Thursday, 22 February 2024

Roberts convicted of first-degree murder; sanity phase starts Tuesday

LAKEPORT On Thursday afternoon a jury found a Clearlake man guilty of first-degree murder for the October 2006 killing of his roommate but still to be decided is whether or not the man was sane.


After nearly two months of testimony, the seven-woman, five-man jury found James Wade Roberts, 46, guilty of murdering 63-year-old Ruth Donaldson – with a special allegation of using a deadly weapon – after less than a day's deliberation.


But the trial isn't over yet, said District Attorney Jon Hopkins.


That's because Roberts entered a plea of not guilty by reason of insanity, which necessitates a sanity trial, said Hopkins.


"The poor jury was crestfallen when they were told they had to come back for more," Hopkins said.


The trial has lasted several weeks longer than originally anticipated. Hopkins said the trial began Feb. 13 but has encountered delays.


Roberts was alleged to have stabbed Donaldson once with a knife on Oct. 15, 2006, at the home they shared on Mullen Avenue in Clearlake. Hopkins alleged that as Roberts stabbed Donaldson he moved the knife around, damaging her heart and lungs and causing her to bleed to death.


Besides stabbing her, Roberts is alleged to have strangled Donaldson with a 3-foot-long cord, Hopkins added.


During closing arguments on Wednesday Stephen Carter, Roberts' defense attorney, argued that Roberts was delusional and mentally ill, claiming that God told him to kill Donaldson, statements Roberts also had made on the stand.


Roberts' delusions, according to Carter, also included a vast conspiracy theory involving Sept. 11, 2001, the Iraq War and Armageddon.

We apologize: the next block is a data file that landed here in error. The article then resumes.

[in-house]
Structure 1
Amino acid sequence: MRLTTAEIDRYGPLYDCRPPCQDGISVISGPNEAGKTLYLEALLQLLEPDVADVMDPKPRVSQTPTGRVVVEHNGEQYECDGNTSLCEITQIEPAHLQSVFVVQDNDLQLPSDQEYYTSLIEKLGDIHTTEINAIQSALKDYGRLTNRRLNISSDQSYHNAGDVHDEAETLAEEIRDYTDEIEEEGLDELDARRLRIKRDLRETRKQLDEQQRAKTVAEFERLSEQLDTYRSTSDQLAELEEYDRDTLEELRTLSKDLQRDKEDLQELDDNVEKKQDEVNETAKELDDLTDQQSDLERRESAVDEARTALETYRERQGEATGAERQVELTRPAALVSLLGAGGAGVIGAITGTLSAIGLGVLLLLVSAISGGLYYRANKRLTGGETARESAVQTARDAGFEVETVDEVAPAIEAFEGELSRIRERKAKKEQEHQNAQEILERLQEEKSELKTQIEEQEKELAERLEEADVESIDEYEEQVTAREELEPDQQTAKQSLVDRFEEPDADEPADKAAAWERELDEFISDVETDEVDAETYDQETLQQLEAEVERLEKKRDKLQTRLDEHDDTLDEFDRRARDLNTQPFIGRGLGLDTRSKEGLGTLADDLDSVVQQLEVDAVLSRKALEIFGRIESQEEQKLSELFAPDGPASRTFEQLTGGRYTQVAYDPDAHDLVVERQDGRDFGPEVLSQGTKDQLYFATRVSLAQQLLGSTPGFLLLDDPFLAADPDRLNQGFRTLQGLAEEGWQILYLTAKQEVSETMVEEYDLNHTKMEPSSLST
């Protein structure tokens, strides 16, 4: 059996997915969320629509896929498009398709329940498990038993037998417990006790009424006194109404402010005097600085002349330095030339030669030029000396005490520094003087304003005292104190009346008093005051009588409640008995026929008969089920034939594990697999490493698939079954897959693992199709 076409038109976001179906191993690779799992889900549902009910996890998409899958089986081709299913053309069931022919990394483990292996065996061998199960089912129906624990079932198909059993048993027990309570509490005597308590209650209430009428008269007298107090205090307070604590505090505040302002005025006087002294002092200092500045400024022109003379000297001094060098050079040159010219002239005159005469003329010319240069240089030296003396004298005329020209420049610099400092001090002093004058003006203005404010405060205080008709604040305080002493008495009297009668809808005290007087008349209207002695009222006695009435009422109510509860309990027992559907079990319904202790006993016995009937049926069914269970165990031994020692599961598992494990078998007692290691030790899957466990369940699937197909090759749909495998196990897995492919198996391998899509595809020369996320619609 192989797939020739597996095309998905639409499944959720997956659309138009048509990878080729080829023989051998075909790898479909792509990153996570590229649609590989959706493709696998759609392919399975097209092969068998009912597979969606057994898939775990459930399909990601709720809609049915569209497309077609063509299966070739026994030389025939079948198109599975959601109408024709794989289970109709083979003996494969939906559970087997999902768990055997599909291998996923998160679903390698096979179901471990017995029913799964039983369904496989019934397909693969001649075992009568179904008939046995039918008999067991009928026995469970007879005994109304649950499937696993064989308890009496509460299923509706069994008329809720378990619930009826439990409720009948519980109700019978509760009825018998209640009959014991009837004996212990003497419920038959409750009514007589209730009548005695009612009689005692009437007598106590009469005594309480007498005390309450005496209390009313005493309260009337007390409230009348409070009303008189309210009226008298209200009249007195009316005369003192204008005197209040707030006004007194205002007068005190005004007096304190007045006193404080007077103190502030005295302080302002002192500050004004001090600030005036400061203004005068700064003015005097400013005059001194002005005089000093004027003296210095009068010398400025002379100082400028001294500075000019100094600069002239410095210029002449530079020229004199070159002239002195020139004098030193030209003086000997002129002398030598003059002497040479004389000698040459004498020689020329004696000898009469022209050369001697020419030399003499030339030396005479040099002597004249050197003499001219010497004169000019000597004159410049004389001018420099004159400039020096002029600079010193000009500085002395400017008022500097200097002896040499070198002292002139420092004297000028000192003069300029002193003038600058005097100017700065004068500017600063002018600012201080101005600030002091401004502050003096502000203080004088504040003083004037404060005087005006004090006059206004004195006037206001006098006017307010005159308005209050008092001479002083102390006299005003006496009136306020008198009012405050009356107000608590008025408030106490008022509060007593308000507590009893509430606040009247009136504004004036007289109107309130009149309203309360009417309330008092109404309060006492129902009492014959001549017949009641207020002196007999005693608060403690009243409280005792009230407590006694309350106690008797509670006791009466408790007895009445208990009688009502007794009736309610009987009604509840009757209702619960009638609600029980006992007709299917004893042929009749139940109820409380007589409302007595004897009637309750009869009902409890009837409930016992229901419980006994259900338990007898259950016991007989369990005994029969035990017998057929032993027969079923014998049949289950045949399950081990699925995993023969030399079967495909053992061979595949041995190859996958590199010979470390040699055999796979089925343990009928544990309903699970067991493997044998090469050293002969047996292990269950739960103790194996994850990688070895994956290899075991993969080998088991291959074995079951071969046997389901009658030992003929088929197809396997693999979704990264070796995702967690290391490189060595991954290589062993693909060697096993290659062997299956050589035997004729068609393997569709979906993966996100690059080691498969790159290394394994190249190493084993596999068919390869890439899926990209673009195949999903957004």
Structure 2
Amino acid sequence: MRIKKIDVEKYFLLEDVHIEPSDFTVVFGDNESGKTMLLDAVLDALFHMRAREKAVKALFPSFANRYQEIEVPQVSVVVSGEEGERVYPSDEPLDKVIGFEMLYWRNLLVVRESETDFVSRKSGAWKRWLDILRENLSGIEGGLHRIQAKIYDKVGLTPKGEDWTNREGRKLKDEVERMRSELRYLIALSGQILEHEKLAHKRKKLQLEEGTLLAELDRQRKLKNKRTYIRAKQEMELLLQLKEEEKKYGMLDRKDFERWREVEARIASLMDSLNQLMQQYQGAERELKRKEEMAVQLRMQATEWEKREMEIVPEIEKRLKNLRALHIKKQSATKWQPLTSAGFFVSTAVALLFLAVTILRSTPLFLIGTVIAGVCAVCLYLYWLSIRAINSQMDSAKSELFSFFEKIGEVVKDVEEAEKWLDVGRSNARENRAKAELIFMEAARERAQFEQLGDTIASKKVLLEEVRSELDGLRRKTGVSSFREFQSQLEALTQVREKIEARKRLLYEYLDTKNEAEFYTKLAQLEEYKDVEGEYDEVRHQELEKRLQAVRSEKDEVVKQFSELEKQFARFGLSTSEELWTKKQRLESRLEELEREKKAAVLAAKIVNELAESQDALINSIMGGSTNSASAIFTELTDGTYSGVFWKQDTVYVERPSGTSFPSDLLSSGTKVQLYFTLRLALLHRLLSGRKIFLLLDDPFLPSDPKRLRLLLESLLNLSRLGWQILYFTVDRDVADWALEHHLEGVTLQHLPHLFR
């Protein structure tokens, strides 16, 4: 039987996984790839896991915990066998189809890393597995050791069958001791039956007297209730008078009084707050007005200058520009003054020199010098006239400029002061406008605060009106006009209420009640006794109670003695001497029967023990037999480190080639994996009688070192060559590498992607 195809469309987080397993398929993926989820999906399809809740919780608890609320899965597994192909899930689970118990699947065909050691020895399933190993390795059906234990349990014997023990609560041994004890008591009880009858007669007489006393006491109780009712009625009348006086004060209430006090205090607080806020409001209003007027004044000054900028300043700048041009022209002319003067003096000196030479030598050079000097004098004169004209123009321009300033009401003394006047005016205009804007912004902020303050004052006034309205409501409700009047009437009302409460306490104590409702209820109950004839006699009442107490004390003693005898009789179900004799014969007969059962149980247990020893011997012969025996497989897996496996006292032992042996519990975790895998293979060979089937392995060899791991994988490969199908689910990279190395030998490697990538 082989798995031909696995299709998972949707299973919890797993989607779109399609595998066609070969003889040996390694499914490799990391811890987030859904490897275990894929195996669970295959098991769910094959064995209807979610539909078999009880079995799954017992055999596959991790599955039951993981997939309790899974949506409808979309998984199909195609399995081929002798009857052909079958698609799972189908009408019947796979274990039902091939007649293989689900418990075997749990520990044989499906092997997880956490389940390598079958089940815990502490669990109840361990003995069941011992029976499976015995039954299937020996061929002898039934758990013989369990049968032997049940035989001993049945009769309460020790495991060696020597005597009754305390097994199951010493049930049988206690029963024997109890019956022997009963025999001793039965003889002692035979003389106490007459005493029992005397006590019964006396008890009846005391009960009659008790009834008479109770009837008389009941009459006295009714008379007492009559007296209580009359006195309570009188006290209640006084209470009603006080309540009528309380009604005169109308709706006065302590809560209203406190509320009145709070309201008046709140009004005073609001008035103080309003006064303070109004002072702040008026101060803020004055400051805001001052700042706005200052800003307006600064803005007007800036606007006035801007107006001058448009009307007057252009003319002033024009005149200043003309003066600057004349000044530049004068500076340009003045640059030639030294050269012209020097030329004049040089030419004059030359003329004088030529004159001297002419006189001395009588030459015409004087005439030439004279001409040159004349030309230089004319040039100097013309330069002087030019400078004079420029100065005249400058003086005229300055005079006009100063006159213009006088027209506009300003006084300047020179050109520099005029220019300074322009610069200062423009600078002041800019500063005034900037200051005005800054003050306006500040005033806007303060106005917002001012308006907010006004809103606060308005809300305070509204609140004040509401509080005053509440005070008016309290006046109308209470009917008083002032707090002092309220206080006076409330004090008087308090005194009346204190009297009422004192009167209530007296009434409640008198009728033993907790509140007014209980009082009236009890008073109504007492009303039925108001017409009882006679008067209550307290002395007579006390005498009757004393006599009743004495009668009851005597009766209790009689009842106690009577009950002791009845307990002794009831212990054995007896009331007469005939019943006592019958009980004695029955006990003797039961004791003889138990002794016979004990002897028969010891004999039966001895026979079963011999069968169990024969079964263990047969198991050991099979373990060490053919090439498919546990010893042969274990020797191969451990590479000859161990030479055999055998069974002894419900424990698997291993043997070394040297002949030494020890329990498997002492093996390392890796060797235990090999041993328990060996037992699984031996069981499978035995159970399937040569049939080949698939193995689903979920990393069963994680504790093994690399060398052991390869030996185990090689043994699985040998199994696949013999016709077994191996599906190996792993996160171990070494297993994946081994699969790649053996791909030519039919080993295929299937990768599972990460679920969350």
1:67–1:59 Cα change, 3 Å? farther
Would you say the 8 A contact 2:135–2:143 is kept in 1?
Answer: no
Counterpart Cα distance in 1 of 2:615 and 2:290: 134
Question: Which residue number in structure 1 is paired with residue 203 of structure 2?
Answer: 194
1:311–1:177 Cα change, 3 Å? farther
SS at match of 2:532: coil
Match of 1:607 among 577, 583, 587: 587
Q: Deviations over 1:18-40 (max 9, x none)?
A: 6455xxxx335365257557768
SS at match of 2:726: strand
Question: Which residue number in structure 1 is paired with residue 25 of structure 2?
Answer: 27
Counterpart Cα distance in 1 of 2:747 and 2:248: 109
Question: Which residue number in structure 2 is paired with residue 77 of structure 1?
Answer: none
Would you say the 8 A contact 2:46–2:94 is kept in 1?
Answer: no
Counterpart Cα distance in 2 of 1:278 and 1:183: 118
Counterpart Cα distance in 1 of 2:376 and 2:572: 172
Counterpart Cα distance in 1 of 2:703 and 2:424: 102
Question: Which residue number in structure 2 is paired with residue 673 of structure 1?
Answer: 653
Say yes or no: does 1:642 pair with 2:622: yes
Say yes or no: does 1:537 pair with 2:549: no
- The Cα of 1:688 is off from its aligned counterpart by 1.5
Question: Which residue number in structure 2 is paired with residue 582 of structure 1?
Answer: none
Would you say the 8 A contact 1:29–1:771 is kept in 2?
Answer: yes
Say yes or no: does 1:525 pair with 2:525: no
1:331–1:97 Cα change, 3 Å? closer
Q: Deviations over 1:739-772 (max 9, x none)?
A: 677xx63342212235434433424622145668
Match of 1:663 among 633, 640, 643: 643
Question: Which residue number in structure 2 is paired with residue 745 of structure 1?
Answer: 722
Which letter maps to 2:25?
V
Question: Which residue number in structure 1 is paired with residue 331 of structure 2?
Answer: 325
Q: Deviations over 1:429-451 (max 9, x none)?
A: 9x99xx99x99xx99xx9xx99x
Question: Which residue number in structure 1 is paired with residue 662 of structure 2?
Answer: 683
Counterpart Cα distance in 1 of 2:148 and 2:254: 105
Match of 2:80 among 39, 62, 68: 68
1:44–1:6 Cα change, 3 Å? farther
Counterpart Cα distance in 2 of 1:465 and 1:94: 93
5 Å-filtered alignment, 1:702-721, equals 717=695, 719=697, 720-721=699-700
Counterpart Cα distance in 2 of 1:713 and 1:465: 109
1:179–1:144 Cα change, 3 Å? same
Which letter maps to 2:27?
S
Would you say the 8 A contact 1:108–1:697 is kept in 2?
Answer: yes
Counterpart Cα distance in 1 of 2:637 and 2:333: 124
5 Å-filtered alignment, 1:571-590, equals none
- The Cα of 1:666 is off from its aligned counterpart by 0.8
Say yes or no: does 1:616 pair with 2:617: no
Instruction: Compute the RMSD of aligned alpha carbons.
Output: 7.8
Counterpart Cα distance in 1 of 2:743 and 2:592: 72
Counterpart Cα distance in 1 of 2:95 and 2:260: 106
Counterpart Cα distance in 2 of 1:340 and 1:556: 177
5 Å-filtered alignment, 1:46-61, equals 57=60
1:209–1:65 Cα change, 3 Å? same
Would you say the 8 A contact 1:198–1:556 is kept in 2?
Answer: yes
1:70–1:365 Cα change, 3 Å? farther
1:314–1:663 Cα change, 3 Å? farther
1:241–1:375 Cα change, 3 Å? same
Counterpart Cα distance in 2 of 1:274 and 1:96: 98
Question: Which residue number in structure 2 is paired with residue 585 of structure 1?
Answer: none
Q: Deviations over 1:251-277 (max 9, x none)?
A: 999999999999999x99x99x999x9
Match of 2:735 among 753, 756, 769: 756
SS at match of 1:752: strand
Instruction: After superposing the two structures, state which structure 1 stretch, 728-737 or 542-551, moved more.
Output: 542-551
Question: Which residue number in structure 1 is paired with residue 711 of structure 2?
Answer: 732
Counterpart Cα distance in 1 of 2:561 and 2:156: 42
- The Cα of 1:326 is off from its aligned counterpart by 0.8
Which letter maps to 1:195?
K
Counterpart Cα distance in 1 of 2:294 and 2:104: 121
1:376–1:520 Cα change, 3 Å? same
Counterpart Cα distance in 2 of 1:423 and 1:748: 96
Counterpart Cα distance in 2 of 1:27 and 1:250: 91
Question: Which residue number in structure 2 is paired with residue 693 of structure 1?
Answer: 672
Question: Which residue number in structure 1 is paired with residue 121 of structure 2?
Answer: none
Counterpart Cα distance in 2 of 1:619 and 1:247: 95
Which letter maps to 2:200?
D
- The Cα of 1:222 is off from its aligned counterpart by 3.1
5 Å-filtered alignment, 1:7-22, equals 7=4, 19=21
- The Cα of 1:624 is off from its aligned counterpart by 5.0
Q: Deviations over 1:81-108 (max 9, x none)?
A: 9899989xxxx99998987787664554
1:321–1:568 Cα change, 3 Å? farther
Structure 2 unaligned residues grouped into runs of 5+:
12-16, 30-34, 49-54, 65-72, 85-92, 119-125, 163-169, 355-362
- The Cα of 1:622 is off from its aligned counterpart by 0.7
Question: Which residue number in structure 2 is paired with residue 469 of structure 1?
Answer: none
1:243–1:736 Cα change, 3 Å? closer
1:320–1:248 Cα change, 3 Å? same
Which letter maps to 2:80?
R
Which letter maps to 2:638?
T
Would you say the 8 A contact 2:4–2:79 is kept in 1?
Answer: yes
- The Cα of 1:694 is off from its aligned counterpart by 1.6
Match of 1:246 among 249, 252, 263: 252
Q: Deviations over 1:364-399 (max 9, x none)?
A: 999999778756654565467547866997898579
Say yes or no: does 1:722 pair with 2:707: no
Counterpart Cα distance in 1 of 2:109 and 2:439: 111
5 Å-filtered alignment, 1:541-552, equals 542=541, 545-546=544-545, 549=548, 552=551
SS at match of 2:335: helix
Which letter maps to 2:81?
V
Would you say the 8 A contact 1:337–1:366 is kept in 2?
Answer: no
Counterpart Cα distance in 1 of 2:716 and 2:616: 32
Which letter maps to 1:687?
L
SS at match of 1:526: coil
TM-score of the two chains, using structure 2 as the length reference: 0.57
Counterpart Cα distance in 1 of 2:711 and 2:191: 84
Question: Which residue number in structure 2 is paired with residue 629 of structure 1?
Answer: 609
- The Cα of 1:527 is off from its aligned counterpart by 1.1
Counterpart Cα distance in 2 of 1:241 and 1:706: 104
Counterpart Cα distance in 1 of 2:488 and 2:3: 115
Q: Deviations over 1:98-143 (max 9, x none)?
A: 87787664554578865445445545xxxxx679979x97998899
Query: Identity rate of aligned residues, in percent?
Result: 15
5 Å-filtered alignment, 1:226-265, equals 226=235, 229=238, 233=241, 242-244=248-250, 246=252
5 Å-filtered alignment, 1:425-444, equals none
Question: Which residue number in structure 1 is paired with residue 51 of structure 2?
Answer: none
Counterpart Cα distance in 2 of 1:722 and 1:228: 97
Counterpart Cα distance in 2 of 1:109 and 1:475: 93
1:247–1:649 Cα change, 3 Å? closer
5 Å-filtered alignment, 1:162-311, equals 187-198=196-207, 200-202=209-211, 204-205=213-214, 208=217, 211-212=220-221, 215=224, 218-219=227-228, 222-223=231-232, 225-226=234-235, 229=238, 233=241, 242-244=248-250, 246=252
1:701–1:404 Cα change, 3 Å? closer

Carter's psychological expert, Dr. Albert Kastl, diagnosed Roberts with schizophrenic affective disorder, a mixture of schizophrenia and bipolar disorder, Carter noted during closing arguments.


While Roberts spoke with Kastl, he did not speak with two doctors brought in by the prosecution, Carter said. Those doctors contradicted Kastl's diagnosis, with one suggesting that Roberts' actions were the result of psychosis induced by alcohol and methamphetamine.


Kastl's conclusion which Hopkins put under rigorous scrutiny on Tuesday, keeping Kastl on the stand the entire day was reportedly backed up by 18 out of 20 individuals who have evaluated Roberts, according to Carter.


While Carter argued that Roberts had a long history of mental illness and psychotic episodes, Hopkins asserted that Roberts was faking his mental illness or "malingering" in order to avoid another prison sentence.


Roberts had admitted to five previous strikes on his record, including a robbery and four counts of assault with a deadly weapon, said Carter.


Hopkins added that one of the four assault with a deadly weapon counts resulted in great bodily injury, which landed Roberts in Pelican Bay State Prison.


The trial's sanity phase will begin next Tuesday and possibly wind up by Wednesday, said Hopkins. “I expect it will be rather quick because we've already had all the psychological and psychiatric testimony and we don't have to repeat it all.”


Carter said Judge Richard Martin told the jury the sanity phase is likely to finish by Thursday, but added that it's always difficult to predict how long such proceedings might take.


If Roberts is found sane, he would face a minimum 51 years to life in prison, said Hopkins.


Added Carter, “He's looking at a life sentence under any scheme because of five strikes on his record.”


However, if found insane, Roberts would go instead to a state mental hospital, and could eventually be released on an outpatient basis, said Hopkins. "If he's found insane he won't go to prison."


Carter maintains that his client is mentally ill and that the insanity plea was appropriate for the case.


John Jensen contributed to this report.


E-mail Elizabeth Larson at This email address is being protected from spambots. You need JavaScript enabled to view it..


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